Even if you’ve been pre-approved by your bank or a mortgage broker, you could unwittingly derail your mortgage financing.
Here are four items that could go wrong. If you can avoid these types of issues, you’ll be more likely to receive a final approval and the green light from the mortgage lender.
You have insufficient documentation
Mortgage lenders request a variety of financial documents when approving borrowers for mortgages. You can reduce the chance of document-related problems by rounding up your documents in advance. This is why, as your mortgage broker, I always try to anticipate the documents a lender is going to request and work with you to gather them before you have found your dream home.
You don’t have enough funds for your closing costs
All mortgage lenders and the mortgage insurers require borrowers to have additional cash reserves in the bank, prior to closing to cover the closing costs.
Borrowers can be denied a mortgage after being pre-approved if they can’t provide documentation confirming they have these funds available.
Generally the rule is you must be able to prove you have 1.5% of the purchase price available for closing costs over and above your down payment funds.
You made a large purchase, or purchases, and took on additional debt since pre-approval
Being pre-approved for a mortgage, or even approved if you are at that stage, doesn’t mean you can go out and make large purchases.
Debt-to-income ratios are very important during the mortgage process. This ratio is basically a comparison between the amount of money you earn and the amount you spend to cover your monthly debts. Having too much debt can hurt your chances of getting mortgage financing.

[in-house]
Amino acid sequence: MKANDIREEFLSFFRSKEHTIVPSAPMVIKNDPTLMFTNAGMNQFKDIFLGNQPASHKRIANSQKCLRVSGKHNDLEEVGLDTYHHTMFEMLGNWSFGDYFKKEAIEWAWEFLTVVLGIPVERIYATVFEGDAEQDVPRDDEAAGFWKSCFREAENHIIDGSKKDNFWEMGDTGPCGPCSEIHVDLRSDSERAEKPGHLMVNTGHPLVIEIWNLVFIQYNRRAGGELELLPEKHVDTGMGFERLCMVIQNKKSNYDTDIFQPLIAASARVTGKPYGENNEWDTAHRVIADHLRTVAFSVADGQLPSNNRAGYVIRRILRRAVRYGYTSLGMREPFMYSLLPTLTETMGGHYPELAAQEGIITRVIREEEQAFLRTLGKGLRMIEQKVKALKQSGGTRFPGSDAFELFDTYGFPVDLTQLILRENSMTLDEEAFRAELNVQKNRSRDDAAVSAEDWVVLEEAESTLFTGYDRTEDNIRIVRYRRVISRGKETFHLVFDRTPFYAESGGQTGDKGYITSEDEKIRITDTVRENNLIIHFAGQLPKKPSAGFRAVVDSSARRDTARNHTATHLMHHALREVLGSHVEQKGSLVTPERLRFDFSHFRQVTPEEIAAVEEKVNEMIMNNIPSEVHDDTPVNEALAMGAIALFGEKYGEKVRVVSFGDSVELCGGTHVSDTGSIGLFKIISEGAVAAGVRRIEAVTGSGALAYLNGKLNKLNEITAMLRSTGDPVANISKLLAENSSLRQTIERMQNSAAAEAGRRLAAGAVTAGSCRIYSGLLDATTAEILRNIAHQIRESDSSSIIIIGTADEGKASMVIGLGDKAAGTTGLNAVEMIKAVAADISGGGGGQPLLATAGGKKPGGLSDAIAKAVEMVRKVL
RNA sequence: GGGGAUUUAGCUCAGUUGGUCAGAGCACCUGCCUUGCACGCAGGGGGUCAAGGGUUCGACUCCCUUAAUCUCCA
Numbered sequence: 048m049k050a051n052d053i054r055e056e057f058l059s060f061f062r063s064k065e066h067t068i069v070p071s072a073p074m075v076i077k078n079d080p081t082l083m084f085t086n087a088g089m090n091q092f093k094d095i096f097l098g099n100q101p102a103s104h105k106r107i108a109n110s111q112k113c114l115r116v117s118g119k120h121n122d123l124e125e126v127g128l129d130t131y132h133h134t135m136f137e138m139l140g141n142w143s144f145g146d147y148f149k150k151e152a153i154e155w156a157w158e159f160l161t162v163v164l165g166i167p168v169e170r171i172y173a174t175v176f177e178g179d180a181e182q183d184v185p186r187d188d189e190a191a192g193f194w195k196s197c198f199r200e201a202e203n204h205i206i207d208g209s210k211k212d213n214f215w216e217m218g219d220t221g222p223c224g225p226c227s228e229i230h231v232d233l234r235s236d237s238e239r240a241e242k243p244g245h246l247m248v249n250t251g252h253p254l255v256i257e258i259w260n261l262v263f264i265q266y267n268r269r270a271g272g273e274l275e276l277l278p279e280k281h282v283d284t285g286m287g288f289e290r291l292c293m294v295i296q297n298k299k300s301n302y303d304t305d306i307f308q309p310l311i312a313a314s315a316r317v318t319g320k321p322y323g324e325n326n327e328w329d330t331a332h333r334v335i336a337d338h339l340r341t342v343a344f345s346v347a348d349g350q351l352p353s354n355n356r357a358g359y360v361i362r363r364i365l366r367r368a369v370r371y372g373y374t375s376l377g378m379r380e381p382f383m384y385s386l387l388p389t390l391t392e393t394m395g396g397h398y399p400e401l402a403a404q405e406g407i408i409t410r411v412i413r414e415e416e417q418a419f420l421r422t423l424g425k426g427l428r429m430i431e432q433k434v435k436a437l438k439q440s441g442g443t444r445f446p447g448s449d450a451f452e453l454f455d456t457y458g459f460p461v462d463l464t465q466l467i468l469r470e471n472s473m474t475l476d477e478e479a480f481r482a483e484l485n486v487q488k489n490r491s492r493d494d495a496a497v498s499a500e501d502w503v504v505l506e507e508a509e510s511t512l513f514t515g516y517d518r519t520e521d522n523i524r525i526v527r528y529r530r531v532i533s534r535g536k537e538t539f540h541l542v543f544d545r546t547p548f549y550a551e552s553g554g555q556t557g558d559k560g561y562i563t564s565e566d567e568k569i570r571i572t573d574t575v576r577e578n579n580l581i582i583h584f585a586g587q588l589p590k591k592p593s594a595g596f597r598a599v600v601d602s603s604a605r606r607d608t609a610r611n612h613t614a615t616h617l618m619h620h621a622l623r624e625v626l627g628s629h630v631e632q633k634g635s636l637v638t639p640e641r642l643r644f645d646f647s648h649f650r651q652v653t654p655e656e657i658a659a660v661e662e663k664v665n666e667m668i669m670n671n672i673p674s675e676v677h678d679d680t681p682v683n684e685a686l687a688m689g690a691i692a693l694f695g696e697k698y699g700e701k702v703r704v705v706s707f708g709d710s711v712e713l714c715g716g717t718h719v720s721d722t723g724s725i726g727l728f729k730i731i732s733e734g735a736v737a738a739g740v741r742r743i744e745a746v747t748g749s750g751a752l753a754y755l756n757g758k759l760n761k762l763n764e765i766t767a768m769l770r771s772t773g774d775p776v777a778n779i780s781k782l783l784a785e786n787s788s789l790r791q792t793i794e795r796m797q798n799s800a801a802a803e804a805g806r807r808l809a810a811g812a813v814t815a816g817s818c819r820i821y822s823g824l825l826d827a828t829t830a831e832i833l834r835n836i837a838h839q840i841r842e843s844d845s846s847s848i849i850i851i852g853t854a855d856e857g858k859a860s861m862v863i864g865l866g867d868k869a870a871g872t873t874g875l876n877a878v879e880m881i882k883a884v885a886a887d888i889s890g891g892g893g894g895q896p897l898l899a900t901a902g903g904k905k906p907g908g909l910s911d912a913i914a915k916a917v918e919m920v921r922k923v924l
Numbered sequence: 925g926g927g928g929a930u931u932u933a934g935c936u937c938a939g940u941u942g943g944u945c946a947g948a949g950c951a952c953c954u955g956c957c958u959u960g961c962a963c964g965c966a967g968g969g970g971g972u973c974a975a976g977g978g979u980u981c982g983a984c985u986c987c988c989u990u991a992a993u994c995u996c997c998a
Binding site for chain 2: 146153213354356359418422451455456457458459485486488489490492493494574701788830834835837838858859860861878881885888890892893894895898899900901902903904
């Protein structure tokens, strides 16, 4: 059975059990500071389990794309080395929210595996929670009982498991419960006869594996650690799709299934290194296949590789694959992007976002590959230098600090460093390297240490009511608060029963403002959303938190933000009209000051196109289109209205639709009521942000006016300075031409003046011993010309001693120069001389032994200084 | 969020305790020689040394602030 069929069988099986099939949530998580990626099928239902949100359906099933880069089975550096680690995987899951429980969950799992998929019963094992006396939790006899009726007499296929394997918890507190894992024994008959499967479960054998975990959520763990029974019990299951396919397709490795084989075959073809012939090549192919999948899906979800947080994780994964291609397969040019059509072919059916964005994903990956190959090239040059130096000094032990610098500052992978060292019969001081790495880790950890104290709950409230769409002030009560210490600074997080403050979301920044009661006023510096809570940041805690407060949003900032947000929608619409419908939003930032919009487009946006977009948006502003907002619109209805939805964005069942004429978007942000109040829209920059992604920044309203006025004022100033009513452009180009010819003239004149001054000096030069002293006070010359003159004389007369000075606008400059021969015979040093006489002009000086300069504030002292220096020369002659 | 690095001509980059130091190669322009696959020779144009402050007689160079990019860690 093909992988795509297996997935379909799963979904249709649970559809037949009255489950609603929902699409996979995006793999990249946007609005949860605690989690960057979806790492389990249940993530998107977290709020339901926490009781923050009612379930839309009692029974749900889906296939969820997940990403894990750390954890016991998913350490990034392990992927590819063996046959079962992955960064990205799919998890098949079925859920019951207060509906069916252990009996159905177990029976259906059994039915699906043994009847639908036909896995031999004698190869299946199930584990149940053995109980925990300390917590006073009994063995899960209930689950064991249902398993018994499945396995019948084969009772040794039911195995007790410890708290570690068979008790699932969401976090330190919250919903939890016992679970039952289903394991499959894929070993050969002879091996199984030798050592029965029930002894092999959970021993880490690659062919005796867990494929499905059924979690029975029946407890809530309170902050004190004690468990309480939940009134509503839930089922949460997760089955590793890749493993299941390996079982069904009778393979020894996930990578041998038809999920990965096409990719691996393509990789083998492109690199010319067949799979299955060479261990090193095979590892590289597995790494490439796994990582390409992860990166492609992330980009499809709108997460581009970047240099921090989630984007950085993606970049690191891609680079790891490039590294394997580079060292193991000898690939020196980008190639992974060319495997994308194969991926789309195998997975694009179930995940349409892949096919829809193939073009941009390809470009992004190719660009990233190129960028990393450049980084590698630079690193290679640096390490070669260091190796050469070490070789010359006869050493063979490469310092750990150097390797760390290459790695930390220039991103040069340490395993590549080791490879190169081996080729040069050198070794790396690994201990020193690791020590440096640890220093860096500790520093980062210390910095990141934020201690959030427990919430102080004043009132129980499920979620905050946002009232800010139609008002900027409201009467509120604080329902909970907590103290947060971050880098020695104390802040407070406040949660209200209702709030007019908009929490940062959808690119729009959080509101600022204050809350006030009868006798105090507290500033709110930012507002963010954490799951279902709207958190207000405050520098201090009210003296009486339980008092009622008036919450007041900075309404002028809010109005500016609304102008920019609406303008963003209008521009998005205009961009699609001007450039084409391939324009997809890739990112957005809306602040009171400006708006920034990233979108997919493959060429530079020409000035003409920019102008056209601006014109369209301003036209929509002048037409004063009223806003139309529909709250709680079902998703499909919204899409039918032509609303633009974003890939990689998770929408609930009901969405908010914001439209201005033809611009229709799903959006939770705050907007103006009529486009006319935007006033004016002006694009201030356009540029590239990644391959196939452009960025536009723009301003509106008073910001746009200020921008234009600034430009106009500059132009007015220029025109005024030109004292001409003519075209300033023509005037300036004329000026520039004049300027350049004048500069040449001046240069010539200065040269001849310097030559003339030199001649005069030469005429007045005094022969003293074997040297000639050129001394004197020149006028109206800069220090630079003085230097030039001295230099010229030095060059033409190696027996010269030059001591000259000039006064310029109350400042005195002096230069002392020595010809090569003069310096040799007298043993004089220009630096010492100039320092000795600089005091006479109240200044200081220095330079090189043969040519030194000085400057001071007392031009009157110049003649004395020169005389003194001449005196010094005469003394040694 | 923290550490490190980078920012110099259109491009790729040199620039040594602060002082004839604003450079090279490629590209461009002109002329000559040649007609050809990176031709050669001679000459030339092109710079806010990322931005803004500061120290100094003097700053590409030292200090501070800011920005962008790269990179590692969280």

To prevent these types of problems after pre-approval, avoid making major purchases or opening new lines of credit. Keep those credit cards in your wallet until you receive a final approval and until after you have moved into your new home.
Your income or employment situation has changed
As your mortgage broker, I will pre-approve you based on your current income and employment situation. However, if your status changes sometime during the underwriting process, it could cause you to be denied the mortgage.
Do everything within your power to keep your income and employment situation static until after you have found a home and moved in.
Many lenders will re-confirm your current employment status prior to funding your mortgage particularly right now as we are in the midst of the pandemic.
Here’s what you need to take away from this:
• A pre-approval can be a helpful step in the mortgage process. It allows you to narrow your search to homes that fit your budget and secure an interest rate. But it’s not a guarantee of financing.
• A pre-approval is not a mortgage commitment. Most lenders will not even review your application until a property has been found and you have an accepted offer. As your mortgage broker, I will confirm that a lender will likely give you a mortgage for a certain amount, as long as your financial situation doesn’t change prior to closing and the lender also likes the property you are purchasing.
• Even having a pre-approval letter does not mean you are home free. Things can still go wrong before the final closing causing the mortgage to be denied.
My role as your mortgage broker is to reduce the possibility of any of the above happening to you during the mortgage process and I will endeavour to make the process go as smoothly as possible.
It may seem like I’m asking many questions and requesting too many documents but that is what is required to ensure you are in the very best position to start your house hunting with confidence.
A mortgage pre-approval is the first step to home ownership.
If you would like to start your journey to home ownership, please visit here to get started or give me a call at 1-888-561-2679.
This article is written by or on behalf of an outsourced columnist and does not necessarily reflect the views of Castanet.